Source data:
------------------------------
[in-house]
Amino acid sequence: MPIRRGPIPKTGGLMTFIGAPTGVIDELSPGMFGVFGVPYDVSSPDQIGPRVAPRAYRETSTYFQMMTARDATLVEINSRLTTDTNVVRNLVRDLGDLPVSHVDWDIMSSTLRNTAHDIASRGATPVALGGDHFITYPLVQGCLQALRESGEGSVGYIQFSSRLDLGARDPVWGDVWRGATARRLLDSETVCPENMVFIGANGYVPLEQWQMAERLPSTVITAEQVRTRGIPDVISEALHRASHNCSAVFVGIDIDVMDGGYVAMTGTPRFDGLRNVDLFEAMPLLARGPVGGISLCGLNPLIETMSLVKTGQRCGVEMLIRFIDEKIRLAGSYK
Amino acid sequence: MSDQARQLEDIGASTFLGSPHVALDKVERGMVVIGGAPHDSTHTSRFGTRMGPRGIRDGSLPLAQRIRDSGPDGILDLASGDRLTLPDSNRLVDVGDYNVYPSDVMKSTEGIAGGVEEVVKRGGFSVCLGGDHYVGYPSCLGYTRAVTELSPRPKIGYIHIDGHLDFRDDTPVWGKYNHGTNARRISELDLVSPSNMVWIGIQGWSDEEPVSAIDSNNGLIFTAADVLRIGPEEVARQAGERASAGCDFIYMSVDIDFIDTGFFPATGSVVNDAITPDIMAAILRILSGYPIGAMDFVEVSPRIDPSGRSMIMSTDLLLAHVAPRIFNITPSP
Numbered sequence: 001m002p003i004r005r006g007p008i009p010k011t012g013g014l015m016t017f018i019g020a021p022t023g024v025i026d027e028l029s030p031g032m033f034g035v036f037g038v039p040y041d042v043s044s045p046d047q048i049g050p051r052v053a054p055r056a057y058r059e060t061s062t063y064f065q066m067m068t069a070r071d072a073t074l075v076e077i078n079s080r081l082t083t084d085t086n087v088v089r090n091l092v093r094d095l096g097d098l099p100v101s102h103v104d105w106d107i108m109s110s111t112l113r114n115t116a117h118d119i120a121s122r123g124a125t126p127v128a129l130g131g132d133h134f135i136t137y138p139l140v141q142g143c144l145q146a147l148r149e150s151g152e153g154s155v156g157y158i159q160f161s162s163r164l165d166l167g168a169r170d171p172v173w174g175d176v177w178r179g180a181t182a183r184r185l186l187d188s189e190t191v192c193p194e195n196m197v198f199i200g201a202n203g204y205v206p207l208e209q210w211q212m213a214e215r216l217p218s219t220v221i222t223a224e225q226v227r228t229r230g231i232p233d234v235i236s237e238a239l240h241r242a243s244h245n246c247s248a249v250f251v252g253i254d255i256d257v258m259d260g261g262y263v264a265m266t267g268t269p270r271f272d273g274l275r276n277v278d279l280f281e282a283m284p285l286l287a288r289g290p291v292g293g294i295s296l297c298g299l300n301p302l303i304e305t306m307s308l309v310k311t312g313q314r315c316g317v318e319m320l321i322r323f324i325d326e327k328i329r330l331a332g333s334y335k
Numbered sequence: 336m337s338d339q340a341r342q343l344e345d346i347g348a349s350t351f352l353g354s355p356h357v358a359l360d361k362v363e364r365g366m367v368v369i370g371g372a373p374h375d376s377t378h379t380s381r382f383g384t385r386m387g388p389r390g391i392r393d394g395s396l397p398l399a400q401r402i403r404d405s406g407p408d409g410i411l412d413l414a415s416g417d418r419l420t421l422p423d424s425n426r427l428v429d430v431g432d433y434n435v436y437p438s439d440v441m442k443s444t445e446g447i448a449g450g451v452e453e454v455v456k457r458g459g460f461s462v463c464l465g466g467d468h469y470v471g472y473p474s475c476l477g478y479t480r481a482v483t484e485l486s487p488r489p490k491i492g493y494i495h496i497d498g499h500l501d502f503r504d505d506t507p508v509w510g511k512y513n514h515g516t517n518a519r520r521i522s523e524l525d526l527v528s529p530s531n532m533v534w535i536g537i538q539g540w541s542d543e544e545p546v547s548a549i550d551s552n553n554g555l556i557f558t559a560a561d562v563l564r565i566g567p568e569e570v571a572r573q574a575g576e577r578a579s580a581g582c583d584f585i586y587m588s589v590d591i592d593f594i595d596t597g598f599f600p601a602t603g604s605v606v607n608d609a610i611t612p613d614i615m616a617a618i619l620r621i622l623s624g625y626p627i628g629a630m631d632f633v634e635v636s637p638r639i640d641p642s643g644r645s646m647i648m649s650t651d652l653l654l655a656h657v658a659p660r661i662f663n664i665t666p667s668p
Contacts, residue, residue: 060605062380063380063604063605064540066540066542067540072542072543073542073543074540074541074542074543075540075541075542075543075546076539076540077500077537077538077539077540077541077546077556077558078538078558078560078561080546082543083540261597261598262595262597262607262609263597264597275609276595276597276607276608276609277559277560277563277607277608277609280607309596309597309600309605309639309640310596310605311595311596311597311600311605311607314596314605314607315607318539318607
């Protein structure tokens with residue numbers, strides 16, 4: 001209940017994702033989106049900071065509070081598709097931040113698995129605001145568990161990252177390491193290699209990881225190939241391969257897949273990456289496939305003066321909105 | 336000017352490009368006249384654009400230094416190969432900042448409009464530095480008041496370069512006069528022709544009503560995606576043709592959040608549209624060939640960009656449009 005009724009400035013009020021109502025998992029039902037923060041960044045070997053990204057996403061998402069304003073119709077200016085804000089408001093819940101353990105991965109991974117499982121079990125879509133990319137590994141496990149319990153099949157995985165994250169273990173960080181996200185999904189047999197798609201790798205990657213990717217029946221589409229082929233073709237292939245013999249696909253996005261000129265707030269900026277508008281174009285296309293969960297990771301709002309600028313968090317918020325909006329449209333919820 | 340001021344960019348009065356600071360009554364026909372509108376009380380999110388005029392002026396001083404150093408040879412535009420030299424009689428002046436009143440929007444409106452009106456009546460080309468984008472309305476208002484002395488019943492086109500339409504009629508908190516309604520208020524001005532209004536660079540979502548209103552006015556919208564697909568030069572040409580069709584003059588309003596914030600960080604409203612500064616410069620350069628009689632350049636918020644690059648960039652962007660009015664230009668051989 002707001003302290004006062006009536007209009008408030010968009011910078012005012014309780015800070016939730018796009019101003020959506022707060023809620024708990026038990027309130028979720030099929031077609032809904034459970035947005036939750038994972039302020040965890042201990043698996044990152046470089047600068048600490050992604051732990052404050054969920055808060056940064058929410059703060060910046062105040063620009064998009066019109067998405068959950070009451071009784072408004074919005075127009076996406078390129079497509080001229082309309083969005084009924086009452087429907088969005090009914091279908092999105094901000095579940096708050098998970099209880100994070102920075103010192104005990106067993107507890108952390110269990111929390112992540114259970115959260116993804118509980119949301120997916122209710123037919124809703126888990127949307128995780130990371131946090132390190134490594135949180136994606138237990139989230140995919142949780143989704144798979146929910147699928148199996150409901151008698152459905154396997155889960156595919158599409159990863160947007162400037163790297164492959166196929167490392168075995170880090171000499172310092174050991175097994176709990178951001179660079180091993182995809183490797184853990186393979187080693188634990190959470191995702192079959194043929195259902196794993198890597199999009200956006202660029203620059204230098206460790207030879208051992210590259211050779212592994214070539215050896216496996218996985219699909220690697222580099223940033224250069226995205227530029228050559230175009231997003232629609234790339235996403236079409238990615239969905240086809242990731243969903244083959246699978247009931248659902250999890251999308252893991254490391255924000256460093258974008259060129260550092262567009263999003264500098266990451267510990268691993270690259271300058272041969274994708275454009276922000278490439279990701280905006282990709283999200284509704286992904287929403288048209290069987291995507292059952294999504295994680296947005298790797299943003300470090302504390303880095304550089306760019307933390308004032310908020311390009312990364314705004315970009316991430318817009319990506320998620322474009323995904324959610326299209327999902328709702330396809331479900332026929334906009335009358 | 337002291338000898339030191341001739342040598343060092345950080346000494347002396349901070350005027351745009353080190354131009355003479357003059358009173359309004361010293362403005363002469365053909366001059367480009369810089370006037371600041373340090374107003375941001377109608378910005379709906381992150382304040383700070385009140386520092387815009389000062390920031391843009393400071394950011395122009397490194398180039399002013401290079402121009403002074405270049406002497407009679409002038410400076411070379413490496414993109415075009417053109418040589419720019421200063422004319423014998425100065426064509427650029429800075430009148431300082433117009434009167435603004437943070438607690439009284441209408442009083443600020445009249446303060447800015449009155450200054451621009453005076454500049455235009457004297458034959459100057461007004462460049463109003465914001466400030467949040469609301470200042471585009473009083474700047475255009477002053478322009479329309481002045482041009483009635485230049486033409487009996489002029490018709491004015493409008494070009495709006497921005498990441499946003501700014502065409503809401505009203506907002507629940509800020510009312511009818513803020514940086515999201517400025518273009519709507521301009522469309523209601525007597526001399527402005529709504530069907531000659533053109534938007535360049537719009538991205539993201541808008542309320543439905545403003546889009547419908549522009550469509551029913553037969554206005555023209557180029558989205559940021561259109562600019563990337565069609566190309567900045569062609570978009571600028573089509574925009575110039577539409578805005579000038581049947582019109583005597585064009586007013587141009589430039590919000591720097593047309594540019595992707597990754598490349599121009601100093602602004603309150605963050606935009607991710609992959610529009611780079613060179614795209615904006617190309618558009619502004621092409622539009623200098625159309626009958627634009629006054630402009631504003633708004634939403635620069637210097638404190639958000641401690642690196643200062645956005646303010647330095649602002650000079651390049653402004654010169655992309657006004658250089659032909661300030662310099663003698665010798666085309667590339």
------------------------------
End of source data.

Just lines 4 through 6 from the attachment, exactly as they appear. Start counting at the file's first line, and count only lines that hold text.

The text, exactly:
Numbered sequence: 001m002p003i004r005r006g007p008i009p010k011t012g013g014l015m016t017f018i019g020a021p022t023g024v025i026d027e028l029s030p031g032m033f034g035v036f037g038v039p040y041d042v043s044s045p046d047q048i049g050p051r052v053a054p055r056a057y058r059e060t061s062t063y064f065q066m067m068t069a070r071d072a073t074l075v076e077i078n079s080r081l082t083t084d085t086n087v088v089r090n091l092v093r094d095l096g097d098l099p100v101s102h103v104d105w106d107i108m109s110s111t112l113r114n115t116a117h118d119i120a121s122r123g124a125t126p127v128a129l130g131g132d133h134f135i136t137y138p139l140v141q142g143c144l145q146a147l148r149e150s151g152e153g154s155v156g157y158i159q160f161s162s163r164l165d166l167g168a169r170d171p172v173w174g175d176v177w178r179g180a181t182a183r184r185l186l187d188s189e190t191v192c193p194e195n196m197v198f199i200g201a202n203g204y205v206p207l208e209q210w211q212m213a214e215r216l217p218s219t220v221i222t223a224e225q226v227r228t229r230g231i232p233d234v235i236s237e238a239l240h241r242a243s244h245n246c247s248a249v250f251v252g253i254d255i256d257v258m259d260g261g262y263v264a265m266t267g268t269p270r271f272d273g274l275r276n277v278d279l280f281e282a283m284p285l286l287a288r289g290p291v292g293g294i295s296l297c298g299l300n301p302l303i304e305t306m307s308l309v310k311t312g313q314r315c316g317v318e319m320l321i322r323f324i325d326e327k328i329r330l331a332g333s334y335k
Numbered sequence: 336m337s338d339q340a341r342q343l344e345d346i347g348a349s350t351f352l353g354s355p356h357v358a359l360d361k362v363e364r365g366m367v368v369i370g371g372a373p374h375d376s377t378h379t380s381r382f383g384t385r386m387g388p389r390g391i392r393d394g395s396l397p398l399a400q401r402i403r404d405s406g407p408d409g410i411l412d413l414a415s416g417d418r419l420t421l422p423d424s425n426r427l428v429d430v431g432d433y434n435v436y437p438s439d440v441m442k443s444t445e446g447i448a449g450g451v452e453e454v455v456k457r458g459g460f461s462v463c464l465g466g467d468h469y470v471g472y473p474s475c476l477g478y479t480r481a482v483t484e485l486s487p488r489p490k491i492g493y494i495h496i497d498g499h500l501d502f503r504d505d506t507p508v509w510g511k512y513n514h515g516t517n518a519r520r521i522s523e524l525d526l527v528s529p530s531n532m533v534w535i536g537i538q539g540w541s542d543e544e545p546v547s548a549i550d551s552n553n554g555l556i557f558t559a560a561d562v563l564r565i566g567p568e569e570v571a572r573q574a575g576e577r578a579s580a581g582c583d584f585i586y587m588s589v590d591i592d593f594i595d596t597g598f599f600p601a602t603g604s605v606v607n608d609a610i611t612p613d614i615m616a617a618i619l620r621i622l623s624g625y626p627i628g629a630m631d632f633v634e635v636s637p638r639i640d641p642s643g644r645s646m647i648m649s650t651d652l653l654l655a656h657v658a659p660r661i662f663n664i665t666p667s668p
Contacts, residue, residue: 060605062380063380063604063605064540066540066542067540072542072543073542073543074540074541074542074543075540075541075542075543075546076539076540077500077537077538077539077540077541077546077556077558078538078558078560078561080546082543083540261597261598262595262597262607262609263597264597275609276595276597276607276608276609277559277560277563277607277608277609280607309596309597309600309605309639309640310596310605311595311596311597311600311605311607314596314605314607315607318539318607